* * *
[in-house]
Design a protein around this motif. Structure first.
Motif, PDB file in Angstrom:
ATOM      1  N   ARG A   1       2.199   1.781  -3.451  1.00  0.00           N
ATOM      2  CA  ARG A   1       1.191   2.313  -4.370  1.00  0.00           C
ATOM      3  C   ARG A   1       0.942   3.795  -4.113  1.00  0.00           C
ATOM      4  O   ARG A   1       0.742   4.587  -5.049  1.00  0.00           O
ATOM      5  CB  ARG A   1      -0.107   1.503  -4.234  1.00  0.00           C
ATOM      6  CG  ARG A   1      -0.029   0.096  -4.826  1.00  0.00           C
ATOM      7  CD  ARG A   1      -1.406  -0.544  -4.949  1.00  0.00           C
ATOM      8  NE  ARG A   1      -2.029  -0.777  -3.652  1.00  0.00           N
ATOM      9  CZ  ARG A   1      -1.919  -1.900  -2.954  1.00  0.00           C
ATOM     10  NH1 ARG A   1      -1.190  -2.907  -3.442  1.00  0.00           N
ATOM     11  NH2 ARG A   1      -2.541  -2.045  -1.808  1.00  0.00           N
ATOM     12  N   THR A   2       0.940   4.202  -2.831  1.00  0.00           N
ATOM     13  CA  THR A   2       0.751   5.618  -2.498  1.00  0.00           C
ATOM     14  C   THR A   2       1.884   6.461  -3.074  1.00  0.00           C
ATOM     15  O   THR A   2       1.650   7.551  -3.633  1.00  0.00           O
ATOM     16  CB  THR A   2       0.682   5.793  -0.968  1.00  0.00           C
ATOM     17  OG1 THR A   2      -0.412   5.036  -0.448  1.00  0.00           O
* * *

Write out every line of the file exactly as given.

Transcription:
[in-house]
Design a protein around this motif. Structure first.
Motif, PDB file in Angstrom:
ATOM      1  N   ARG A   1       2.199   1.781  -3.451  1.00  0.00           N
ATOM      2  CA  ARG A   1       1.191   2.313  -4.370  1.00  0.00           C
ATOM      3  C   ARG A   1       0.942   3.795  -4.113  1.00  0.00           C
ATOM      4  O   ARG A   1       0.742   4.587  -5.049  1.00  0.00           O
ATOM      5  CB  ARG A   1      -0.107   1.503  -4.234  1.00  0.00           C
ATOM      6  CG  ARG A   1      -0.029   0.096  -4.826  1.00  0.00           C
ATOM      7  CD  ARG A   1      -1.406  -0.544  -4.949  1.00  0.00           C
ATOM      8  NE  ARG A   1      -2.029  -0.777  -3.652  1.00  0.00           N
ATOM      9  CZ  ARG A   1      -1.919  -1.900  -2.954  1.00  0.00           C
ATOM     10  NH1 ARG A   1      -1.190  -2.907  -3.442  1.00  0.00           N
ATOM     11  NH2 ARG A   1      -2.541  -2.045  -1.808  1.00  0.00           N
ATOM     12  N   THR A   2       0.940   4.202  -2.831  1.00  0.00           N
ATOM     13  CA  THR A   2       0.751   5.618  -2.498  1.00  0.00           C
ATOM     14  C   THR A   2       1.884   6.461  -3.074  1.00  0.00           C
ATOM     15  O   THR A   2       1.650   7.551  -3.633  1.00  0.00           O
ATOM     16  CB  THR A   2       0.682   5.793  -0.968  1.00  0.00           C
ATOM     17  OG1 THR A   2      -0.412   5.036  -0.448  1.00  0.00           O